Adapting to Remote Work: Blurring the Lines Between “Work You” and “Home You”  

It seems like virtually overnight the world has turned into a work-from-home work force. You may be familiar with working from home occasionally, or maybe not at all. If you’re new to working remotely 100% of the time, this could be a significant adjustment.

You may not have been prepared to turn your living space into your workspace for the foreseeable future. Suddenly that spare bedroom, dining room, kitchen, or closet has turned into a home office, and you find yourself on video calls in your new dress down work attire—pajamas. Your spouse and kids are also home, which can make things, well, a bit crowded.

If you enjoyed having daily social interaction with co-workers, feelings of isolation and loneliness could set in. So how can employees continue to compartmentalize their work and non-work lives, given the extraordinary situation that so many of us are in today? How can we “leave our work at the door” if we are no longer going out the door? Given this is the “new normal,” here are a few tips for working remotely that could make your experience less stressful and more productive.







Set up Shop
For all University of Louisville faculty and staff, Technology Solutions has a step-by-step instruction sheet for connecting from home. Gather all the things you need to be most productive. Contact the help desk if you get stuck.

Setting up a designated home office or work corner (not your bed!) can help you be more productive and stay on task. If it’s available, a room with a door. Little things can help your productivity, too. A decluttered space with your favorite pen and a few family photos or desk keepsakes can help you feel “at home” with your new workspace.

A straight-back wooden chair with no cushion can wreck your back. If you don’t have anything appropriate, order an office chair to be delivered. It will be worth the money. Use good posture and make sure you have a wrist wrest for your keyboard. Get up every hour or so for five minutes to stretch.







Get into a Routine
Shower, brush your teeth and dress as if you are going out even if you are not. Formal work attire not necessarily required but changing out of pajamas can go a long way to making you feel like a functioning adult.

Make a plan for each day and motivate yourself by setting goals or mini-goals to structure your day

Schedule Breaks
Walk the dog, stand and stretch, go get the mail or take out the garbage

Eat lunch
Don’t skip – this is fuel your body needs

Have a video conference with your regular lunch mates you are missing or hit up a co-worker for a virtual chat or a text conversation.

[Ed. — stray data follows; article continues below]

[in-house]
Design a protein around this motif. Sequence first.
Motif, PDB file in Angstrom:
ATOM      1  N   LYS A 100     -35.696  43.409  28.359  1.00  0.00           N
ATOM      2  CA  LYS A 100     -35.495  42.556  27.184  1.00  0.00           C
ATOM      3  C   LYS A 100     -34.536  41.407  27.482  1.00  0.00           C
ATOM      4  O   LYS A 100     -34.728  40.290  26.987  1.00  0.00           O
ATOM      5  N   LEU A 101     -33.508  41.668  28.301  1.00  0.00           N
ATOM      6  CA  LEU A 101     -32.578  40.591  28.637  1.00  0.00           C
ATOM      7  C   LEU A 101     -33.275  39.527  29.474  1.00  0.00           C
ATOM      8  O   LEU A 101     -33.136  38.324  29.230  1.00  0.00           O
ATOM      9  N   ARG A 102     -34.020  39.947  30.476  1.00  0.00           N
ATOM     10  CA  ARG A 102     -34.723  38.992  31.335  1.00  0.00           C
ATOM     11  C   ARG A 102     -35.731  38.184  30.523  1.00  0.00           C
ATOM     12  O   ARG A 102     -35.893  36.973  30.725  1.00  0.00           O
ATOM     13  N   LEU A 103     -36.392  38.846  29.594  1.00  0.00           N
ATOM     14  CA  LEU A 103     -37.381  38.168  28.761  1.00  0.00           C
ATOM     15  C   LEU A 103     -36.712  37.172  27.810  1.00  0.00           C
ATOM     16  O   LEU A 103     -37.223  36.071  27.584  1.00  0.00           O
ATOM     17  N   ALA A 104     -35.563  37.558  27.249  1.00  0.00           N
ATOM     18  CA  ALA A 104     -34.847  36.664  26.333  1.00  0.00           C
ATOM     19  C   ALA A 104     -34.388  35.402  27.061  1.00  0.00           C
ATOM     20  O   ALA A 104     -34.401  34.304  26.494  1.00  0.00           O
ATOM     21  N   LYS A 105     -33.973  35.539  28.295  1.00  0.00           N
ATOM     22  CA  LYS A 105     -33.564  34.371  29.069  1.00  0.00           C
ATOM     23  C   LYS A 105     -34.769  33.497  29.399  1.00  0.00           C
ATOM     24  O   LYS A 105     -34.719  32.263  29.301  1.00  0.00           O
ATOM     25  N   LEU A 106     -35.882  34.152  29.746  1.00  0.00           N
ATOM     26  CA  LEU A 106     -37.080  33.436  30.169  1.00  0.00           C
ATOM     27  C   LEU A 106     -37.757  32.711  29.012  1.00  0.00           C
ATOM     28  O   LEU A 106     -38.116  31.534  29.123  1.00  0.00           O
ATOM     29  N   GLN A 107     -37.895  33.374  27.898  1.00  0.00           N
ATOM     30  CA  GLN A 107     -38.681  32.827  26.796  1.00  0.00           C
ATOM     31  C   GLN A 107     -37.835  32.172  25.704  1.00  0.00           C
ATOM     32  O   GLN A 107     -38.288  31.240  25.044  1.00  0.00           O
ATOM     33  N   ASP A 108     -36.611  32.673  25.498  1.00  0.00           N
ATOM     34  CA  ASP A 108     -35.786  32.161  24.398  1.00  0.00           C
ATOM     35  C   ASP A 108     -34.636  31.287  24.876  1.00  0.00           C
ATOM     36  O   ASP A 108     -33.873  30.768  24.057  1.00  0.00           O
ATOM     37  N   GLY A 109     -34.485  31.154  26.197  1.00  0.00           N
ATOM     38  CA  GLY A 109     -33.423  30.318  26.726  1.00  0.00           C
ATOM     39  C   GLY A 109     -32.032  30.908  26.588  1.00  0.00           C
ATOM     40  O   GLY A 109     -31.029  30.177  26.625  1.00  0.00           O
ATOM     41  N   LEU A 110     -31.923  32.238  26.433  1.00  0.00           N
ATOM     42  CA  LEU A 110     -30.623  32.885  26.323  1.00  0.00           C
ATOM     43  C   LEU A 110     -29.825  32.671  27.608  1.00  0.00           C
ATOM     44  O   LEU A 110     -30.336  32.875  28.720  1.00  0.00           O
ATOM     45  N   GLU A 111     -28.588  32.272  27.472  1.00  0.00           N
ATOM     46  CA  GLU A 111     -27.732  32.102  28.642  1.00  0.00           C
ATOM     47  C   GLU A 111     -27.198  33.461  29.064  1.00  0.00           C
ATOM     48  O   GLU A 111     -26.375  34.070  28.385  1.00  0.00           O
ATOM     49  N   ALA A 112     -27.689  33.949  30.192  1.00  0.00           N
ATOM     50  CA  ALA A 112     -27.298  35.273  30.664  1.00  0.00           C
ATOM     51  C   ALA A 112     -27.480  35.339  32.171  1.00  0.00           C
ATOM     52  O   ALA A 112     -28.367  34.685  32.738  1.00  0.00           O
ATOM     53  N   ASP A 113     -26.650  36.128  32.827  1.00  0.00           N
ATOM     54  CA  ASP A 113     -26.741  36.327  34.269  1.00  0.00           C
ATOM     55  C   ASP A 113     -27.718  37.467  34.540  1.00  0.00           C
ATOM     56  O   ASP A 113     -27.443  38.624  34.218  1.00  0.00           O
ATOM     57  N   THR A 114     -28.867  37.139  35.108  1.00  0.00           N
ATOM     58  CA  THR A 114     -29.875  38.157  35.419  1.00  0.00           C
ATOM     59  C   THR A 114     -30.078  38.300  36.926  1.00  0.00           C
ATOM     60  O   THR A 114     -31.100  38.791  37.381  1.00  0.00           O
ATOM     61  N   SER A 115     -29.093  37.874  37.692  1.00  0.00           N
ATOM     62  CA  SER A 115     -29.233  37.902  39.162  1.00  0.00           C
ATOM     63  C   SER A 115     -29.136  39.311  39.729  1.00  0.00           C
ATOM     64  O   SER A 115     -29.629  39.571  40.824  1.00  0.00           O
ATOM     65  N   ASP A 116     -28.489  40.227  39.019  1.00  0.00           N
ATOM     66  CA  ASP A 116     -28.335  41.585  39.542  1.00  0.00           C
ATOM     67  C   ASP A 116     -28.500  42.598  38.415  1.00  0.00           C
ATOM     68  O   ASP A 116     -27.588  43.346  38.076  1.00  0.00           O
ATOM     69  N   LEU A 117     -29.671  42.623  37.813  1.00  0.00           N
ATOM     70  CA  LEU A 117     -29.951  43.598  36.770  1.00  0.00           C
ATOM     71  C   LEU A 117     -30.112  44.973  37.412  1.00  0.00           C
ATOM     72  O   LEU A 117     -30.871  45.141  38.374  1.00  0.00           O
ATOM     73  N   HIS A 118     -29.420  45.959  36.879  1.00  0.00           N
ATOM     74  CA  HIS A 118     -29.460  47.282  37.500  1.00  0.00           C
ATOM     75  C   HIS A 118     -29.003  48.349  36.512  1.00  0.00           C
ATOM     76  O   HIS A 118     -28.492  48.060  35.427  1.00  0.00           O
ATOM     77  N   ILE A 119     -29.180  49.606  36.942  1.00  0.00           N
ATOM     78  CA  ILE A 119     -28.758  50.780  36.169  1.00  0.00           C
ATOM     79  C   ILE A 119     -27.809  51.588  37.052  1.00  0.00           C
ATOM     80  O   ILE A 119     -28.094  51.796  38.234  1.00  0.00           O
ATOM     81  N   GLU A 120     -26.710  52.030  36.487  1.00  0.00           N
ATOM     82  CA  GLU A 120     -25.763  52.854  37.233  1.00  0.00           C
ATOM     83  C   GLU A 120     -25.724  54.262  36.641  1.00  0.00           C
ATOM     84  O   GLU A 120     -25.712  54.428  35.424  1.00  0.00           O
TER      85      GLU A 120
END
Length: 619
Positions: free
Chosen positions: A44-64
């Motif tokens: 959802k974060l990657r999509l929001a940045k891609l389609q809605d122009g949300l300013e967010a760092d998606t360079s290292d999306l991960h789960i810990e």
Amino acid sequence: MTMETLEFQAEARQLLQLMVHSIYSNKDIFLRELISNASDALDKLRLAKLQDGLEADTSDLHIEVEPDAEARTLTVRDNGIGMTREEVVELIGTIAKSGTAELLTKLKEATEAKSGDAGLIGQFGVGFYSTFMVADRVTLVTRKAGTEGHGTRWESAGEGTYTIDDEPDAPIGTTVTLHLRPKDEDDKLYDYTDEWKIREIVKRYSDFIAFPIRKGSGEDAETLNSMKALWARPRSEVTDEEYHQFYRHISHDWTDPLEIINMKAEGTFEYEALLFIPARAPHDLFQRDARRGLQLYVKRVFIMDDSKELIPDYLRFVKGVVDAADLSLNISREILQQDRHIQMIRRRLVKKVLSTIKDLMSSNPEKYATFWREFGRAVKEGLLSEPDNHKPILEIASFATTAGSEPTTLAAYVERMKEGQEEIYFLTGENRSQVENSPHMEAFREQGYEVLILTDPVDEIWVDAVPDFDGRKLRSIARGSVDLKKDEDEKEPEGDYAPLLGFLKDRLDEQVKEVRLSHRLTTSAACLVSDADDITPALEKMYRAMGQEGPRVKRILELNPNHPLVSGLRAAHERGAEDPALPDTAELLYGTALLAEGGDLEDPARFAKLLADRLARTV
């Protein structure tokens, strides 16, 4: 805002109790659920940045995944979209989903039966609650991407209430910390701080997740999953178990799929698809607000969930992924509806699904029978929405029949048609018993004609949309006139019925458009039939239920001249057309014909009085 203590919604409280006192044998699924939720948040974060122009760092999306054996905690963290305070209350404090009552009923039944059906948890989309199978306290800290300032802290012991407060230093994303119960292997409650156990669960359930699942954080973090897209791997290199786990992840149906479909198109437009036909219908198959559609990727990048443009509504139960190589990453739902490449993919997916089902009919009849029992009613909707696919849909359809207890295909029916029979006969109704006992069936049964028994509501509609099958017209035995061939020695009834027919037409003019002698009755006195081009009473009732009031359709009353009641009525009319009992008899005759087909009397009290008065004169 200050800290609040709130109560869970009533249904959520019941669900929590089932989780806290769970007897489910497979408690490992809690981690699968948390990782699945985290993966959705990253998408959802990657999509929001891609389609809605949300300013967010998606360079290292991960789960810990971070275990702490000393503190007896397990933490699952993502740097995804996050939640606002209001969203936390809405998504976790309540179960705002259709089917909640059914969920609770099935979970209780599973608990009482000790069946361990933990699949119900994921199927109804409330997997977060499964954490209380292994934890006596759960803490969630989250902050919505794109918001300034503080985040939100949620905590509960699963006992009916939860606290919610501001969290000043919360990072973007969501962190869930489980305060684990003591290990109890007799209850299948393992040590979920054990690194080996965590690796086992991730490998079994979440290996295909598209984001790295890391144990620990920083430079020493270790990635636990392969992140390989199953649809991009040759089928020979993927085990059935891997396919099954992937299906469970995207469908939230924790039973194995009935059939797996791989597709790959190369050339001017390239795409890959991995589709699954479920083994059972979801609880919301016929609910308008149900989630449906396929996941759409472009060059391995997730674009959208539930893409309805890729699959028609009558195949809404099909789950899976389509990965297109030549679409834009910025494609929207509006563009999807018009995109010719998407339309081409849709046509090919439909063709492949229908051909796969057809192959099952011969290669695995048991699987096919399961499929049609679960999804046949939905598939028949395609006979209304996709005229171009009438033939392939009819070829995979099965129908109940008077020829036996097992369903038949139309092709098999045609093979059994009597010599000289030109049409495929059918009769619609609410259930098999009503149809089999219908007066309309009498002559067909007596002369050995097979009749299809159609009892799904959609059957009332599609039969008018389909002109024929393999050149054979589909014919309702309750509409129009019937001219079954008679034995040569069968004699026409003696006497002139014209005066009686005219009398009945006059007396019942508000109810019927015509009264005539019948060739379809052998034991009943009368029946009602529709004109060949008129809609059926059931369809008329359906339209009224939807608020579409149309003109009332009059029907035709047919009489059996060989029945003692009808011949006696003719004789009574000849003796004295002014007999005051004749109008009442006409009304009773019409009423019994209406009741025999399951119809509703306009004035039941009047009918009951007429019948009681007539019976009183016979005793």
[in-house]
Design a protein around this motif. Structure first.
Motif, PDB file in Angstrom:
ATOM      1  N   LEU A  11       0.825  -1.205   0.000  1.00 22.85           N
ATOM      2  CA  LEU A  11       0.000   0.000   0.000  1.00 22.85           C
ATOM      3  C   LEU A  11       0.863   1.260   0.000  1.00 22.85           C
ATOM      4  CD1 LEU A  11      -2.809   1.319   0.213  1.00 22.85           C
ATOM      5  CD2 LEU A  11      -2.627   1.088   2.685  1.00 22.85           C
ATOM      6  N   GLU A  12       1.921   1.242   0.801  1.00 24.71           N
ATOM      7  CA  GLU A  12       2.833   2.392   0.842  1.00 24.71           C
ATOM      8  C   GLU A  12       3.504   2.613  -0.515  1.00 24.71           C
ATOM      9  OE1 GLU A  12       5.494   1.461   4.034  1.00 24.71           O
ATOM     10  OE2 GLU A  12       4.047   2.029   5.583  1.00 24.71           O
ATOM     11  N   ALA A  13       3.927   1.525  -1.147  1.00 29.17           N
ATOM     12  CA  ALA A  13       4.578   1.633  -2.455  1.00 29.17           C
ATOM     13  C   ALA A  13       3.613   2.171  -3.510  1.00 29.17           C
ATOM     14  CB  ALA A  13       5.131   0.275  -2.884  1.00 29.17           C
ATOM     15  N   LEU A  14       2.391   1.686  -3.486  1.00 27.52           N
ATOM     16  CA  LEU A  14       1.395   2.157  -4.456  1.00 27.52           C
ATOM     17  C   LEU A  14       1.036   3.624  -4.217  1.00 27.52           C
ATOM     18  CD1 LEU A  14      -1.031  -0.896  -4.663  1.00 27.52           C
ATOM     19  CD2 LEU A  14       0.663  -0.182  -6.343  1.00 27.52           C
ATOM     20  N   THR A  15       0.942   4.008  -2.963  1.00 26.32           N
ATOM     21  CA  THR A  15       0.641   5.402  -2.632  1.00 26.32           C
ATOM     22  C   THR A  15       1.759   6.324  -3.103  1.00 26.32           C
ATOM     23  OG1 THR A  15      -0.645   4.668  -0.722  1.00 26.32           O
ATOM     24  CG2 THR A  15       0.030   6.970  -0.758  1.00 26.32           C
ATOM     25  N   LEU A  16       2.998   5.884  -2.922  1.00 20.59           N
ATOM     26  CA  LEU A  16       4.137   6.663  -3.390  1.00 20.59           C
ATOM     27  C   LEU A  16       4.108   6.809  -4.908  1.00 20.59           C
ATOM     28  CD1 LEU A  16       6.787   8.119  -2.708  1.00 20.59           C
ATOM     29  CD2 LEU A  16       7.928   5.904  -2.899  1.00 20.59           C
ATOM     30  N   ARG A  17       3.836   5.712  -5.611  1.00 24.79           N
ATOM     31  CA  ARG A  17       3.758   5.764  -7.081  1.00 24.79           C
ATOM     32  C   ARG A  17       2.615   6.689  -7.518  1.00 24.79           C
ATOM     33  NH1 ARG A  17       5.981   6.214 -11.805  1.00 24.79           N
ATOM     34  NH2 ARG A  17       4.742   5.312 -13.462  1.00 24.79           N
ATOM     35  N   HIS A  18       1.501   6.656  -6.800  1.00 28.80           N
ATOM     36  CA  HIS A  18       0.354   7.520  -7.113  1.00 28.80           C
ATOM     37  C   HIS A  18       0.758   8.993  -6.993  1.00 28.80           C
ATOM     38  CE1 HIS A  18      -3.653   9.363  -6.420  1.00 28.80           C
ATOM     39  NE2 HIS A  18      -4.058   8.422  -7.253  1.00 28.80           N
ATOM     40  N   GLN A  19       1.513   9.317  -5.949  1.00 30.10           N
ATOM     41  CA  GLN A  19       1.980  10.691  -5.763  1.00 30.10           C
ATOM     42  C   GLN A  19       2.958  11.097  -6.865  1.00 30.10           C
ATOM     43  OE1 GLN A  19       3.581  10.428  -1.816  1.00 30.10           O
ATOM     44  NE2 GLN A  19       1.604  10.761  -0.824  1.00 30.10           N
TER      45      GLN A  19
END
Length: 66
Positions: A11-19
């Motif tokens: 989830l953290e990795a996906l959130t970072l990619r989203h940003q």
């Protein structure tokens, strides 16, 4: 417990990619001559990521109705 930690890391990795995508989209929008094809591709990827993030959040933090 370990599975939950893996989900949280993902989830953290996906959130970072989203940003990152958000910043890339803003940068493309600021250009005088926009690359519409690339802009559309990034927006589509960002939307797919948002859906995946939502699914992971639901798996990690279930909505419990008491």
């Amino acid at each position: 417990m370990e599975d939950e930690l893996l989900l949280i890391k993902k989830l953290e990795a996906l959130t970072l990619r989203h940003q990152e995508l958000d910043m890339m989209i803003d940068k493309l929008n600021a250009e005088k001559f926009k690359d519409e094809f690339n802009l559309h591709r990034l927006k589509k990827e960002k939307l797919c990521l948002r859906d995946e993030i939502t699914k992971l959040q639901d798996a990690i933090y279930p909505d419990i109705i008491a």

Use social tools like Microsoft Teams so your work team can feel more connected to one another. Send one another funny memes or uplifting stories. Have a virtual office pizza party one day.







Limit social media if it’s not part of your core responsibilities

Unplug from the news

Turn off pop-up notifications to maintain focus

Let your children know you are working for a certain period or will be on a meeting or call (This will help them be perfect angels and not bother you on a call LOL J )

Music or TV
Some people find music, white noise, background television or classical music helps to set a rhythm for their productivity. Others need silence. Whatever is more relaxing for you is the thing to do.

Strategize If you’re home with your family, have a morning meeting to strategize a plan of attack for how to share the internet for meetings and schoolwork and calls.







Make time to call or video chat with family and friends when the work day is done.  Zoom Happy Hours are popular for a reason. Human connection is important for mental, emotional and physical health.

Listen to music or books on tape or just to the birds outside

Stretch out that Netflix binge by watching one episode a week of a favorite show so you have something to look forward to

Pursue something new
Want to brush up on cooking skills or dust off your French from high school or paint the trim? The internet has virtually unlimited resources to learn or pursue DIY projects.

Take time to reflect on your goals or explore your spirituality. What can you learn about yourself during this time?

Get outside at least once a day or sit in front of windows with sunlight. Benefits of natural light include it’s easier on the eyes, decreases depression, improves mood, energy and alertness and increases productivity.

Keeping your home relatively tidy helps many people function better but don’t use housework as a way to procrastinate more important work tasks.

Drink water and eat well balanced meals
Beware of idle snacking. Are you really hungry?  You may just be restless, bored or anxious. Stock healthy snacks for munching – chopped veggies and yogurt, apples and peanut butter

Refill prescriptions on time so as not to miss any doses of needed medications

Connect with your regular lunch mates you are missing by video conference

Apps and virtual classes have exploded since the pandemic. Even 10-20 minutes of jumping jacks, squats and pushups can bring endorphins to help with your mental and physical health. Here are a few recommended apps for home exercise. Brisk walking around your neighborhood or in nearby woods also counts AND has the added bonus of getting you out of the house.

Technology Free Zones
Find one tech free zone in your work from home place – on a porch or deck, in your bedroom

Be Kind to Yourself
Working from home is hard, and stay at home orders can exacerbate your feelings. You may feel any combination of lonely, isolated, stressed, frustrated, anxious, unmotivated, or on other days — relieved, relaxed, energized, or productive. It’s all OK and normal. Any transition takes time to get used to, so try to be easy on yourself. We’re all in this together and we’ll get through it together.